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Kinesiology taping does not alter shoulder strength, shoulder proprioception, or scapular kinematics in healthy, physically active subjects and subjects with Subacromial Impingement Syndrome.

OBJECTIVE: To examine the effect of kinesiology tape (KT) on shoulder strength, proprioception, and scapular kinematics in healthy and Subacromial Impingement Syndrome (SAIS) subjects.

DESIGN: Placebo-controlled quasi-experimental study.

SETTING: Research laboratory.

PARTICIPANTS: A total of 30 physically active subjects participated. Ten healthy subjects with no previous history of shoulder pathology received KT on the dominant shoulder. Twenty subjects with shoulder pain for a minimum of two weeks and presenting with clinical signs of impingement were allotted to receive KT (n = 10) or placebo taping (PT, n = 10) on the involved shoulder.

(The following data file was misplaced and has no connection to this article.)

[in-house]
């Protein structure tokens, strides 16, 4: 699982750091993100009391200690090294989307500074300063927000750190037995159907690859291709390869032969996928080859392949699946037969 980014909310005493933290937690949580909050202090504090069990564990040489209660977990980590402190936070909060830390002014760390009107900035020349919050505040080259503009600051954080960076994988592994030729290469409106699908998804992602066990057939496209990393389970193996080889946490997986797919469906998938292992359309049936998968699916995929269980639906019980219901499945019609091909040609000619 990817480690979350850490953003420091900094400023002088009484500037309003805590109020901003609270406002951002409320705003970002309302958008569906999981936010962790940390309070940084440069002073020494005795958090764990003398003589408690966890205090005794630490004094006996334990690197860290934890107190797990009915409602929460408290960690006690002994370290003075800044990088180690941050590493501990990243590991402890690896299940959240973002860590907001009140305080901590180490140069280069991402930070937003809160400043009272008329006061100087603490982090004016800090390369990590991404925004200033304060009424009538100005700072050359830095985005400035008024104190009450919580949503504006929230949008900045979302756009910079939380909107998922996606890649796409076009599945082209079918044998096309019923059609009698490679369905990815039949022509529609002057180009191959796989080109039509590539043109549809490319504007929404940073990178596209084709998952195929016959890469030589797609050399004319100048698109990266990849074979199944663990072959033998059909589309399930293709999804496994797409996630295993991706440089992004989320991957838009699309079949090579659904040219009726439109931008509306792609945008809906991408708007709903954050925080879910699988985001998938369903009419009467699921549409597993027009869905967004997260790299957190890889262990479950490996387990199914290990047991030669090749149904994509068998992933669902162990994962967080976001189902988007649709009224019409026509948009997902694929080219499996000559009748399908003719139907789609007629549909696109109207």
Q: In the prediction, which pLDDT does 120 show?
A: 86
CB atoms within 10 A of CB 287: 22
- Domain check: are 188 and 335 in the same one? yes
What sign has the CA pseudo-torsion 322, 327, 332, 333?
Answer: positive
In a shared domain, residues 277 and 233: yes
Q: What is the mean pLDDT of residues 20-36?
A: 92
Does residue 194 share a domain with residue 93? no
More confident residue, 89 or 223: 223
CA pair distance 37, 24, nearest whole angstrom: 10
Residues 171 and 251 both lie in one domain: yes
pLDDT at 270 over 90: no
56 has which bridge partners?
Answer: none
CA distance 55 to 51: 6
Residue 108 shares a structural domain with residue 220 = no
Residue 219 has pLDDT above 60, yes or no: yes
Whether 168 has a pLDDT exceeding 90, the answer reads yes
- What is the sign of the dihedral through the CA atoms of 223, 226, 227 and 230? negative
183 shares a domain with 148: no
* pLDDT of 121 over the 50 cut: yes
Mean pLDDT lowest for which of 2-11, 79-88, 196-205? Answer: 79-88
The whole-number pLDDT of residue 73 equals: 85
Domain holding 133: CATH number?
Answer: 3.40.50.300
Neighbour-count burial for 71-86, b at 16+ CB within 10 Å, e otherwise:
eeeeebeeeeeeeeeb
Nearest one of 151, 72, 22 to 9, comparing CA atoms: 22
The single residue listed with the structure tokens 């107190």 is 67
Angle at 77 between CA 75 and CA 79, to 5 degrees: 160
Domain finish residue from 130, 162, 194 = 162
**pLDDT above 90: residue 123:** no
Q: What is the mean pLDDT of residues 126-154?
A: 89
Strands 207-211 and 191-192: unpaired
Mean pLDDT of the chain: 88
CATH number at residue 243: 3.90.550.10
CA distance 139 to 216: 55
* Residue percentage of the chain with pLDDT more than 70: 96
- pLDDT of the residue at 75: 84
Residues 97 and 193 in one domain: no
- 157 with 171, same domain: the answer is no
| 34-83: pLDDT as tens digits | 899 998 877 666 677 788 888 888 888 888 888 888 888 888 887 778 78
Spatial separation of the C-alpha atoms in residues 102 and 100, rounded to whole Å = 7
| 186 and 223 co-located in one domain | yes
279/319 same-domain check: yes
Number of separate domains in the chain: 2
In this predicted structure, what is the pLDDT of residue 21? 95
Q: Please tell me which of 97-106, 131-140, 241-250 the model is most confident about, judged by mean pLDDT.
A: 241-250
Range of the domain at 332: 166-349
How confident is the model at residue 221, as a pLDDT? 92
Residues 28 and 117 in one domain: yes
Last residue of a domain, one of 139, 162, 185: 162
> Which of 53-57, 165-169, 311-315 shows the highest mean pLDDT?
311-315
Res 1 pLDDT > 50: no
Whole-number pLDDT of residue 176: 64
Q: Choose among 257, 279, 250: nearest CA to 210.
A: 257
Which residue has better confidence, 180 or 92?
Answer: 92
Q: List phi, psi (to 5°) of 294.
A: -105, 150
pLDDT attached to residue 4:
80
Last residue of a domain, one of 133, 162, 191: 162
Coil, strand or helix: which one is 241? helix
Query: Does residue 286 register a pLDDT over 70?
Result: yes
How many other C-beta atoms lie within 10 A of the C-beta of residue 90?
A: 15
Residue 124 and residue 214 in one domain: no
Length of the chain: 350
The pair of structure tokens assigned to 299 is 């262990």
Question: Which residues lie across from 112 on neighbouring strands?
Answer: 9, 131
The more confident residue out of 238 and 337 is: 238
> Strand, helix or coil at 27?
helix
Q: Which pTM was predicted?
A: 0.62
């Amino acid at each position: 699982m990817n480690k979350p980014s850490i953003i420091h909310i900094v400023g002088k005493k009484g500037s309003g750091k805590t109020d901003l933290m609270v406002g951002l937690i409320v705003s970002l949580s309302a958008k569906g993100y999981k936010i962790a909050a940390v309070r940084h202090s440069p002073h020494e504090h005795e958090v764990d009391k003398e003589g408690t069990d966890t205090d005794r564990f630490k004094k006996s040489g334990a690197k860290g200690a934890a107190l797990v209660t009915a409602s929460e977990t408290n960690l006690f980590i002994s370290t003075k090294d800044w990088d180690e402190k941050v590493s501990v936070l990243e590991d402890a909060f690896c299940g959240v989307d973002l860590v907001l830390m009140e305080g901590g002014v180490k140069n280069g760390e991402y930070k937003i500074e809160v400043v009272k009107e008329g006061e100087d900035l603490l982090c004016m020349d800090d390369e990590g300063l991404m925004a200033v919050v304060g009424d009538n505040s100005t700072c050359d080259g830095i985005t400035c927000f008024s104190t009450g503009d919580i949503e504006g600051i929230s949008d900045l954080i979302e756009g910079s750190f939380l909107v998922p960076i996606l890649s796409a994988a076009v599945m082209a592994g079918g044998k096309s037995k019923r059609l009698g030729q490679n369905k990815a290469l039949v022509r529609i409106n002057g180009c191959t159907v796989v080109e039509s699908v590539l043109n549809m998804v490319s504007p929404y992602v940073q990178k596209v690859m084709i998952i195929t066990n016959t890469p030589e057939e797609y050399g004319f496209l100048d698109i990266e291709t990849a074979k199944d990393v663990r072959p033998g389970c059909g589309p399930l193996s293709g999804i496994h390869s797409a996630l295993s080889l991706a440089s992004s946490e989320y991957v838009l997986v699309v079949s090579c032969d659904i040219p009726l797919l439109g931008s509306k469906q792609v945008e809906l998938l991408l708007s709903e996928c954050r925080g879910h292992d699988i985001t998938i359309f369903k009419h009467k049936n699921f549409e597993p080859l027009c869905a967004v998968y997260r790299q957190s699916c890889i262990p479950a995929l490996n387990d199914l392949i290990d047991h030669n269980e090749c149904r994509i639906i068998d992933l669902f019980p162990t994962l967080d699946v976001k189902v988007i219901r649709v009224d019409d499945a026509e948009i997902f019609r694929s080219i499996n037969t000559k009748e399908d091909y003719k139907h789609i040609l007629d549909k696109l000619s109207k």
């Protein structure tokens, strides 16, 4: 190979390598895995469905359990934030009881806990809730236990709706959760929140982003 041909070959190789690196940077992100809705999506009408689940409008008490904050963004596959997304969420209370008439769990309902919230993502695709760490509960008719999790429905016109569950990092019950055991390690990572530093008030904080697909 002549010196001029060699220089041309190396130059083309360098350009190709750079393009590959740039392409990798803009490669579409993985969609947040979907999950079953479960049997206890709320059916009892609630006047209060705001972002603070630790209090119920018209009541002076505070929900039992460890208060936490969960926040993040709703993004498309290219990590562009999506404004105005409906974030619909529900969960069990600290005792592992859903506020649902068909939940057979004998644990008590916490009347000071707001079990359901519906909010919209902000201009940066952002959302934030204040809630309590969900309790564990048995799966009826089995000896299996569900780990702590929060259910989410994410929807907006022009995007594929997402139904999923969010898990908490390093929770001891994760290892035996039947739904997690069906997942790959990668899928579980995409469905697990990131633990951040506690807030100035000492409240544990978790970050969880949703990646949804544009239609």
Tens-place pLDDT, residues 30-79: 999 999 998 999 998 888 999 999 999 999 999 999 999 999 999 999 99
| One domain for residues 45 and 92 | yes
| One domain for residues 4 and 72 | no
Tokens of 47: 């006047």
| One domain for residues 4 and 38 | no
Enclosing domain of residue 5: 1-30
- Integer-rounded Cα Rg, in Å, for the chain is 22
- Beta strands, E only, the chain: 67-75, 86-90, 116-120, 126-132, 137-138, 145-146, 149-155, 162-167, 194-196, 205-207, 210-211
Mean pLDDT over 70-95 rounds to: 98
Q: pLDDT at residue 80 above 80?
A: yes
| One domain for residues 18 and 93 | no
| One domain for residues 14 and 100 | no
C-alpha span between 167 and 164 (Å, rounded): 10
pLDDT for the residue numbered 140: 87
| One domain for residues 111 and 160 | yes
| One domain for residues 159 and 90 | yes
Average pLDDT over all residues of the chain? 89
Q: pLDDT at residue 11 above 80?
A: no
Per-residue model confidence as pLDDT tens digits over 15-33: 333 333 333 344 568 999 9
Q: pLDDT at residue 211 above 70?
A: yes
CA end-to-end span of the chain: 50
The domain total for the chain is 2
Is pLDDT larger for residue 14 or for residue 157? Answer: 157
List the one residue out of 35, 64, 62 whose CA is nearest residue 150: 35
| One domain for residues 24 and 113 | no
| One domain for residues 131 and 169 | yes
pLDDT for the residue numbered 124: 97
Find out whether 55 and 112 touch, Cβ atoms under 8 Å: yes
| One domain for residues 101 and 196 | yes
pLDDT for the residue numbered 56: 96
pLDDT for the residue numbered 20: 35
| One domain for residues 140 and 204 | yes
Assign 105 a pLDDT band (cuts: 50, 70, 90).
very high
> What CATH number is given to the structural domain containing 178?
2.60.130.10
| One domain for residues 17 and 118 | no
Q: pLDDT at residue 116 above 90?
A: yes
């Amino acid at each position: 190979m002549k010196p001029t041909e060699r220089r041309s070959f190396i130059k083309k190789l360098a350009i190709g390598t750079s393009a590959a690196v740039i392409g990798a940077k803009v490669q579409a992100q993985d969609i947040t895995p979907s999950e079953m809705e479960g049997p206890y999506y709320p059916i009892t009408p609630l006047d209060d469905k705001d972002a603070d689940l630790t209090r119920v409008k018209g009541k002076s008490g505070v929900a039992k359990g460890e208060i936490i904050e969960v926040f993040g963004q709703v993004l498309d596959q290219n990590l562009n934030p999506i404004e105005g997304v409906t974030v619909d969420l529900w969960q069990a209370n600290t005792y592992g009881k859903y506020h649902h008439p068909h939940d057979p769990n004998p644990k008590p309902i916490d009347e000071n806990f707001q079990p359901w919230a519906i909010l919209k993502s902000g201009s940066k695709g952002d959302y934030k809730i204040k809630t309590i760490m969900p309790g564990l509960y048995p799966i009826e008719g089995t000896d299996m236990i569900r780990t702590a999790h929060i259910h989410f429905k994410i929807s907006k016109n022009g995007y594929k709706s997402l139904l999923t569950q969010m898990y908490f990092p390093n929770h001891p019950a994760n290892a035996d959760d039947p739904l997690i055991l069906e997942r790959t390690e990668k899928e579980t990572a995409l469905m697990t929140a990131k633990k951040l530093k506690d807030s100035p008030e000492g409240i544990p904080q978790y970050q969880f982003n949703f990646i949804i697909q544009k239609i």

MAIN OUTCOME MEASURES: All participants were tested pre- and post-application. Shoulder internal/external rotation (IR/ER) strength was assessed with isokinetic dynamometry (average peak torque/body weight). Shoulder IR/ER proprioception was assessed through threshold to detect passive motion (mean absolute error in degrees). Scapular position at 90° and 120° of shoulder abduction during arm raising/lowering were assessed using a 3D motion analysis system.

RESULTS: No significant within group or between group differences were demonstrated for any measure.

CONCLUSIONS: Taping does not appear to aid/impair shoulder strength, shoulder proprioception, or scapular kinematics. Future research should explore if the effects of KT are time-dependent and similar in other pathologies.

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